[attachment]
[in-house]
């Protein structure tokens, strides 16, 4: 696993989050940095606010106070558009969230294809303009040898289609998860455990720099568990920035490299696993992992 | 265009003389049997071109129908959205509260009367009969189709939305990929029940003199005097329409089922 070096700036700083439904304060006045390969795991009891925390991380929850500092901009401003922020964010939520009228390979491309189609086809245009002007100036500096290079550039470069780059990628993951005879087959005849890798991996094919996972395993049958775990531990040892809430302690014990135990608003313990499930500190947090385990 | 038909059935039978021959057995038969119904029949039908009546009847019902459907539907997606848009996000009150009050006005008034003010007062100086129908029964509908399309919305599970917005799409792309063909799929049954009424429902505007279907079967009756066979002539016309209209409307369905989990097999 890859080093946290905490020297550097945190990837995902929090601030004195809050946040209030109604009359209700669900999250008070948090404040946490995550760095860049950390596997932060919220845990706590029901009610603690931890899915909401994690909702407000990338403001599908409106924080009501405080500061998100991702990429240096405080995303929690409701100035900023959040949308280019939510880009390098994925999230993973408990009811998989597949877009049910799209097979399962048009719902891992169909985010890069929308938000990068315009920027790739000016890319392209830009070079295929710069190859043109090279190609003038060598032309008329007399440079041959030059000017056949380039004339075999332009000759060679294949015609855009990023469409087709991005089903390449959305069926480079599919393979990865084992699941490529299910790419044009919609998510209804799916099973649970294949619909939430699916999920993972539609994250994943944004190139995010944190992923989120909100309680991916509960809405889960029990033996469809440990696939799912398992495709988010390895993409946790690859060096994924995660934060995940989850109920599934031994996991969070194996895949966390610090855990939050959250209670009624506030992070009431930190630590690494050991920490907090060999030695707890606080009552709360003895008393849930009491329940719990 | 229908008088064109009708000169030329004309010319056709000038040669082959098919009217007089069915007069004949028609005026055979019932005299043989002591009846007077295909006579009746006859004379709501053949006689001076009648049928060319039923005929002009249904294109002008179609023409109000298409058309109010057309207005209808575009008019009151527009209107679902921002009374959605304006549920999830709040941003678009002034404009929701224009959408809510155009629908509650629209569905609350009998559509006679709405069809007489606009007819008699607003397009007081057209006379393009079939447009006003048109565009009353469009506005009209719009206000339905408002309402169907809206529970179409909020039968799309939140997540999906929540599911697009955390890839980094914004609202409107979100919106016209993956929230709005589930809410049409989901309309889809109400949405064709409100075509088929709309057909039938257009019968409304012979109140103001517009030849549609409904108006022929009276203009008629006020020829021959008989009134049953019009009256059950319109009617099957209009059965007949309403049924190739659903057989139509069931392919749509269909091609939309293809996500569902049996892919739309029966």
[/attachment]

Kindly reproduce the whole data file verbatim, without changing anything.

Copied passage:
[in-house]
């Protein structure tokens, strides 16, 4: 696993989050940095606010106070558009969230294809303009040898289609998860455990720099568990920035490299696993992992 | 265009003389049997071109129908959205509260009367009969189709939305990929029940003199005097329409089922 070096700036700083439904304060006045390969795991009891925390991380929850500092901009401003922020964010939520009228390979491309189609086809245009002007100036500096290079550039470069780059990628993951005879087959005849890798991996094919996972395993049958775990531990040892809430302690014990135990608003313990499930500190947090385990 | 038909059935039978021959057995038969119904029949039908009546009847019902459907539907997606848009996000009150009050006005008034003010007062100086129908029964509908399309919305599970917005799409792309063909799929049954009424429902505007279907079967009756066979002539016309209209409307369905989990097999 890859080093946290905490020297550097945190990837995902929090601030004195809050946040209030109604009359209700669900999250008070948090404040946490995550760095860049950390596997932060919220845990706590029901009610603690931890899915909401994690909702407000990338403001599908409106924080009501405080500061998100991702990429240096405080995303929690409701100035900023959040949308280019939510880009390098994925999230993973408990009811998989597949877009049910799209097979399962048009719902891992169909985010890069929308938000990068315009920027790739000016890319392209830009070079295929710069190859043109090279190609003038060598032309008329007399440079041959030059000017056949380039004339075999332009000759060679294949015609855009990023469409087709991005089903390449959305069926480079599919393979990865084992699941490529299910790419044009919609998510209804799916099973649970294949619909939430699916999920993972539609994250994943944004190139995010944190992923989120909100309680991916509960809405889960029990033996469809440990696939799912398992495709988010390895993409946790690859060096994924995660934060995940989850109920599934031994996991969070194996895949966390610090855990939050959250209670009624506030992070009431930190630590690494050991920490907090060999030695707890606080009552709360003895008393849930009491329940719990 | 229908008088064109009708000169030329004309010319056709000038040669082959098919009217007089069915007069004949028609005026055979019932005299043989002591009846007077295909006579009746006859004379709501053949006689001076009648049928060319039923005929002009249904294109002008179609023409109000298409058309109010057309207005209808575009008019009151527009209107679902921002009374959605304006549920999830709040941003678009002034404009929701224009959408809510155009629908509650629209569905609350009998559509006679709405069809007489606009007819008699607003397009007081057209006379393009079939447009006003048109565009009353469009506005009209719009206000339905408002309402169907809206529970179409909020039968799309939140997540999906929540599911697009955390890839980094914004609202409107979100919106016209993956929230709005589930809410049409989901309309889809109400949405064709409100075509088929709309057909039938257009019968409304012979109140103001517009030849549609409904108006022929009276203009008629006020020829021959008989009134049953019009009256059950319109009617099957209009059965007949309403049924190739659903057989139509069931392919749509269909091609939309293809996500569902049996892919739309029966």